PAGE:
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Relating to this question, what's the difference between a manually set to undef list element and one that was set by Perl when growing the size of that list by assigning to a bigger index than the list size, when being aliased? For example, considering this code:

@a = (undef, 0);
@b = ();
$b[1] = 0;

print Dumper(@a), "\n", Dumper(@b);

It prints (as expected, I think):

$VAR1 = undef;
$VAR2 = 0;

$VAR1 = undef;
$VAR2 = 0;

So, aren't the arrays the same? Apparently not:

sub change { $_[0] = 1 }
change(@a); change(@b);
print Dumper(@a), "\n", Dumper(@b);

Which prints:

$VAR1 = 1;
$VAR2 = 0;

$VAR1 = undef;
$VAR2 = 0;
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up vote 15 down vote accepted

You found a fascinating edge case.

When you explicitly set an element, it first springs into existence. If an array is extended so that multiple indices fall into range of this array, no scalars are implicitly initialized at these positions. Example:

my @array;
$array[2] = undef; # this extends the array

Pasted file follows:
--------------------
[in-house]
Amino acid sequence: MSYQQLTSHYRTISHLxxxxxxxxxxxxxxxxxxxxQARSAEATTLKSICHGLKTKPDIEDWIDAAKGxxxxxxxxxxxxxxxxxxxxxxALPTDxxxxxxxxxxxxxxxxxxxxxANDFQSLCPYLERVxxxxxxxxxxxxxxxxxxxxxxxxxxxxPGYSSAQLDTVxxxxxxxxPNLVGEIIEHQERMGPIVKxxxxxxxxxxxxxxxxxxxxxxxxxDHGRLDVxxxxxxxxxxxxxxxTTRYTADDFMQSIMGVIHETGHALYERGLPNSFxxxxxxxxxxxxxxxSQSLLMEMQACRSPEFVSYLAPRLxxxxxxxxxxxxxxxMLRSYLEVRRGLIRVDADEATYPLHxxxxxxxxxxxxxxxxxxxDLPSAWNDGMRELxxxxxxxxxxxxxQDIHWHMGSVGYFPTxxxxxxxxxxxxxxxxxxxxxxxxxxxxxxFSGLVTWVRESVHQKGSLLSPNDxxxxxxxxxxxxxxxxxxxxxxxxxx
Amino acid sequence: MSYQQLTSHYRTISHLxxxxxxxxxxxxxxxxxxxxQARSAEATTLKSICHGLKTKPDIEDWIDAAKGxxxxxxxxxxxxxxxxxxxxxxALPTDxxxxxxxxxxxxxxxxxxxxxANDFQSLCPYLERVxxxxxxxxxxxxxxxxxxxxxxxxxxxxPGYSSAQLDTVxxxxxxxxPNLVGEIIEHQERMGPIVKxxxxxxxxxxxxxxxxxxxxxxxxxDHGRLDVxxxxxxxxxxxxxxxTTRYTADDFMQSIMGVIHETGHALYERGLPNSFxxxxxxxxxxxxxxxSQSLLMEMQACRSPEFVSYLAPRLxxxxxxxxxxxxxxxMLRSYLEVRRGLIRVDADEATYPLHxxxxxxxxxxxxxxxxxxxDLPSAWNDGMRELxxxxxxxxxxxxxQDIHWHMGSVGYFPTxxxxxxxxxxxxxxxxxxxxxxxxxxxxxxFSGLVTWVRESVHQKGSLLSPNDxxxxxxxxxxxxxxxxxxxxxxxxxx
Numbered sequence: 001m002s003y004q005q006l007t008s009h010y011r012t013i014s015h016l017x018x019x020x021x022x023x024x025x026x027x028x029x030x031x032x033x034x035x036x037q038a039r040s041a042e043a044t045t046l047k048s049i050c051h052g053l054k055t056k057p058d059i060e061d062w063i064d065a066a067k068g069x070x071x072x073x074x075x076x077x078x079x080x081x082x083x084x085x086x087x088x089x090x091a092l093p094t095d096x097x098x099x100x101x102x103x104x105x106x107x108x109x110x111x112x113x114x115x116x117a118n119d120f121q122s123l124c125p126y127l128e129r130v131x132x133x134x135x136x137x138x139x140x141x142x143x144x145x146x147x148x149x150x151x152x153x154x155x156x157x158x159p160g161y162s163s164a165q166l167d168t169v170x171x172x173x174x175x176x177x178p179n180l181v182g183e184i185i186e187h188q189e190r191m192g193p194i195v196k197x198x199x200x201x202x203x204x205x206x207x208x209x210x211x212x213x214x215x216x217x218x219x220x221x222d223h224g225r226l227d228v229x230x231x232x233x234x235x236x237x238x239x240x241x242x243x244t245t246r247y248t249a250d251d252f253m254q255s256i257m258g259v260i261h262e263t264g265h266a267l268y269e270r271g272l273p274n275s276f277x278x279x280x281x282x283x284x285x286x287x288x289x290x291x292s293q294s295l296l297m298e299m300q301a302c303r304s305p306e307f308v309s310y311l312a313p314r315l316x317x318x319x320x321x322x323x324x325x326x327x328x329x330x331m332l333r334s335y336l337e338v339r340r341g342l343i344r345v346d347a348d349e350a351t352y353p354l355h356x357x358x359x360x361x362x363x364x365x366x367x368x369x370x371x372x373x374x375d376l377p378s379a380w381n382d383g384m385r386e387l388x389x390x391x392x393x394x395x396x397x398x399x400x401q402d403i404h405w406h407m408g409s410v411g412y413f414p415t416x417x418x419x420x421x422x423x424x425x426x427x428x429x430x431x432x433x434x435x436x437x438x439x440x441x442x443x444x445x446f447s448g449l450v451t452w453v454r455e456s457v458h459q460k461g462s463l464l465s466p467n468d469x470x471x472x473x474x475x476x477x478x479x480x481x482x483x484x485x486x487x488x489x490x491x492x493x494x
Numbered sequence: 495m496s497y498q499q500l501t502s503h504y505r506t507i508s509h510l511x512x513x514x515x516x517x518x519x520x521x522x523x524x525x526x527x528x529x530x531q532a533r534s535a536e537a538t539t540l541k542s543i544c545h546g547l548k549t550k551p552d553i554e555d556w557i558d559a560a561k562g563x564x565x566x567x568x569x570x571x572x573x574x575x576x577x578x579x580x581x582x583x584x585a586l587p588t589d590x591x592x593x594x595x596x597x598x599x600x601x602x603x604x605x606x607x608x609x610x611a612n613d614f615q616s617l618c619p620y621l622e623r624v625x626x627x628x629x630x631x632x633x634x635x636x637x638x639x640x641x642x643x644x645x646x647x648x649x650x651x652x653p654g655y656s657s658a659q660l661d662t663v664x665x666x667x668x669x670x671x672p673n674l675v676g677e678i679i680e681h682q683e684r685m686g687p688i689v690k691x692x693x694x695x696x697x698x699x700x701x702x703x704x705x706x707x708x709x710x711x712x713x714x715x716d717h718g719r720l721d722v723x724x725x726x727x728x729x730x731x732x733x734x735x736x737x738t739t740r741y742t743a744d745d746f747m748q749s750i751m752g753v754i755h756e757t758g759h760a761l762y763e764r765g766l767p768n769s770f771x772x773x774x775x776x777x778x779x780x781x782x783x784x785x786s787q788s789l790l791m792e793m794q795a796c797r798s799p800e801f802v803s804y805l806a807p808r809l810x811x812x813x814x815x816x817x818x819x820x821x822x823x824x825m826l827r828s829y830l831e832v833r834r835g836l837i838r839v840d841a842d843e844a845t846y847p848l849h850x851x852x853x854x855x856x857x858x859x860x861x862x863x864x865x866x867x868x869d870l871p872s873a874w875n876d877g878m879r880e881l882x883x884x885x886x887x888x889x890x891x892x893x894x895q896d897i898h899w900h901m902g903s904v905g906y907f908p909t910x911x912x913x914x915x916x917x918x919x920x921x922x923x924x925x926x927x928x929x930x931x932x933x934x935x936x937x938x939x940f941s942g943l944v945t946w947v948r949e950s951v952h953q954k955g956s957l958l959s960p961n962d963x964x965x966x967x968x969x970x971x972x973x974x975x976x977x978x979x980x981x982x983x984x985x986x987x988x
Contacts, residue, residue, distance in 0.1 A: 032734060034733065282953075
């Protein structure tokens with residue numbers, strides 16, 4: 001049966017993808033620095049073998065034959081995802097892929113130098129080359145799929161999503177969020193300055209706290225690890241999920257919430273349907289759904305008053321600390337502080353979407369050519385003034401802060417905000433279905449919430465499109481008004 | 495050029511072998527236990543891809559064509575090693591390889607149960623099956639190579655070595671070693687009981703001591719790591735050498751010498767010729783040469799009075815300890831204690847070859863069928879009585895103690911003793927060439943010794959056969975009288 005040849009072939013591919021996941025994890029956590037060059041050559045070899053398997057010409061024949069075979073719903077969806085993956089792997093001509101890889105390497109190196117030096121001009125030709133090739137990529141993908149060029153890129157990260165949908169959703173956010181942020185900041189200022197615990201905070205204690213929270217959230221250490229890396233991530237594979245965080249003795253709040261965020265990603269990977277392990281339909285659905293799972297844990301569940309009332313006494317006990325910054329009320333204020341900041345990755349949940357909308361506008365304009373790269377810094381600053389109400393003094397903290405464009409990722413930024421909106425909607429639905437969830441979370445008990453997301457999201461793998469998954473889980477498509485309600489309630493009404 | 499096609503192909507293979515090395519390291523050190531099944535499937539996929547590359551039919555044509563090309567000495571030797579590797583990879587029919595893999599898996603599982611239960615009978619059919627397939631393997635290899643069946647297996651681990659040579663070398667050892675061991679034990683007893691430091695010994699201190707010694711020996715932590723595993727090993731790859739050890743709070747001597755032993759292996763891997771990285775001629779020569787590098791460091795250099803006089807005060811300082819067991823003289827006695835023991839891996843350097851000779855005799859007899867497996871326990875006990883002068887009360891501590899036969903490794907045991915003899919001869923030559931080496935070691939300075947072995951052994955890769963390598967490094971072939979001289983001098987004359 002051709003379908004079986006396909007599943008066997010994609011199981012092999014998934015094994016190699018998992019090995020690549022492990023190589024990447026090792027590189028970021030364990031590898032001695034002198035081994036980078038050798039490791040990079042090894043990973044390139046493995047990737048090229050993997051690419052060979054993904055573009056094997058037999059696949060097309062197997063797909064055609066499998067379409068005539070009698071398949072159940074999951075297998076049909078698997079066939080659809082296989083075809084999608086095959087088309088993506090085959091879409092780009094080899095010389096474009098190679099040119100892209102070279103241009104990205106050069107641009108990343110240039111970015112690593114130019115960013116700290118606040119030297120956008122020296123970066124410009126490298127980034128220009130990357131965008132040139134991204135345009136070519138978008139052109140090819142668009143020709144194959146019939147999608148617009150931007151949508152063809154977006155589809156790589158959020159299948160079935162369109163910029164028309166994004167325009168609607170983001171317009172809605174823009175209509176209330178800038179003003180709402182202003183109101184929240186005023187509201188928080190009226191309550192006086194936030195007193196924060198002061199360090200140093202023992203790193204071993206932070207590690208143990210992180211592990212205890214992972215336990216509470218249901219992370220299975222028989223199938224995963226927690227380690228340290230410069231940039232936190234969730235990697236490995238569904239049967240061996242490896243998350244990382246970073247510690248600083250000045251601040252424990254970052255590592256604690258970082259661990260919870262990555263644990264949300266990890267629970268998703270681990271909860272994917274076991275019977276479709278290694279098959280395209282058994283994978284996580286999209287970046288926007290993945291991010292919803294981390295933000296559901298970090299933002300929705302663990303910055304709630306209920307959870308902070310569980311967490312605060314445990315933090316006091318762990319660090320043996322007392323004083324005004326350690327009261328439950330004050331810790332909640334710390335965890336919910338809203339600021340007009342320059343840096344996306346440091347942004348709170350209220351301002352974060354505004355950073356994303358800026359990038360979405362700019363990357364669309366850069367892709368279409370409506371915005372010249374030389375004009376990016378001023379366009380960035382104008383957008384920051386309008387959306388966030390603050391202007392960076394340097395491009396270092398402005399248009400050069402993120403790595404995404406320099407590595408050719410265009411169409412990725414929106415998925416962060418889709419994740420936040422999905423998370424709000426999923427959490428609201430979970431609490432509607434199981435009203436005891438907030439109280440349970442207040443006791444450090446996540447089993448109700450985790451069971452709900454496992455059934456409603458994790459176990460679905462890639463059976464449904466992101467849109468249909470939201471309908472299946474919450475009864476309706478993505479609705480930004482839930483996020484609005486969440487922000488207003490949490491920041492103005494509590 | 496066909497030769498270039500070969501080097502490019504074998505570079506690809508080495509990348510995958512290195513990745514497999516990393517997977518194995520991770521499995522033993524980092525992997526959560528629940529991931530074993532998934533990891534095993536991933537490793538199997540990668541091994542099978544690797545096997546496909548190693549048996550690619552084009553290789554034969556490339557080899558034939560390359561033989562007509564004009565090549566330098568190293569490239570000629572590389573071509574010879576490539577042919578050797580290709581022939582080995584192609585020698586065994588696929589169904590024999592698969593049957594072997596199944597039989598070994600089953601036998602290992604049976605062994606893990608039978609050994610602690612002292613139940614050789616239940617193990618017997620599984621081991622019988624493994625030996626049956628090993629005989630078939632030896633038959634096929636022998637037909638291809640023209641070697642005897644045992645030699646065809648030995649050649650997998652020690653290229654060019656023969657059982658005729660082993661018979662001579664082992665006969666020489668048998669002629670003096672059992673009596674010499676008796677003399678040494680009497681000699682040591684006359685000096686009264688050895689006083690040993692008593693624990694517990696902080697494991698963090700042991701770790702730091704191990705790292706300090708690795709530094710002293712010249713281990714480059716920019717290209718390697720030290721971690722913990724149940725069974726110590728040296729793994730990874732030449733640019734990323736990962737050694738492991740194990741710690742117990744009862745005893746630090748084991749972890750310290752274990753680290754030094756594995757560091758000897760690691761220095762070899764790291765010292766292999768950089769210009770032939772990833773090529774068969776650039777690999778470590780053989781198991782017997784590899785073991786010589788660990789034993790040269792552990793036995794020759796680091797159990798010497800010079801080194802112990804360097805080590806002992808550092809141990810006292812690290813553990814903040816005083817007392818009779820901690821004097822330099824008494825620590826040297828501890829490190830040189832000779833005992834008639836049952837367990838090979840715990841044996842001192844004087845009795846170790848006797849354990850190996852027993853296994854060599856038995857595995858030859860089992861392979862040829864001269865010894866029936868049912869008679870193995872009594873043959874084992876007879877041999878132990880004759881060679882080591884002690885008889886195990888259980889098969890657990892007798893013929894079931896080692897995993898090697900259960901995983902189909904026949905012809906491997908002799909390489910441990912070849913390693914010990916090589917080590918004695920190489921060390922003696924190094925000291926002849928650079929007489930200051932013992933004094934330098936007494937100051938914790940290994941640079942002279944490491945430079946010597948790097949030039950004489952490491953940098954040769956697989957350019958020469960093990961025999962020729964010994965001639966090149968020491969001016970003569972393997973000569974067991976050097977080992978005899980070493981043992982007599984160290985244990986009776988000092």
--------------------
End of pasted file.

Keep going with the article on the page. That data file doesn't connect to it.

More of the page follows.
# now elements 0–2 report as `undef`, but only #2 was initalized

When we ask whether these elements exist, we get:

say "index $_ ", exists $array[$_] ? "exists" : "doesn't exist" for 0 .. 4;


index 0 doesn't exist
index 1 doesn't exist
index 2 exists
index 3 doesn't exist
index 4 doesn't exist

This optimization saves you from allocating unused scalars at these positions; the array access code just returns an undef when there isn't anything there stating otherwise.

Now this squares badly with function calls. When a subroutine is called, a flat list of scalars is put on the stack, which is then accessible as @_. No copying takes place here, so this is call by alias. Now when the $_[0] element is accessed in your sub, there is no scalar here, so it creates a new one in @_:

sub crazy {
  say 1*exists $_[0];
  $_[0] = 1;
  say 1*exists $_[0];

my @array; $array[2] = 0;
crazy @array;

say 1*exists $array[0];



Internally, a scalar is a pointer to an SV struct. These pointers are copied onto the stack, so this makes actual modification of the original @array impossible.

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One difference is that exists $a[0] is true and exists $b[0] is false.

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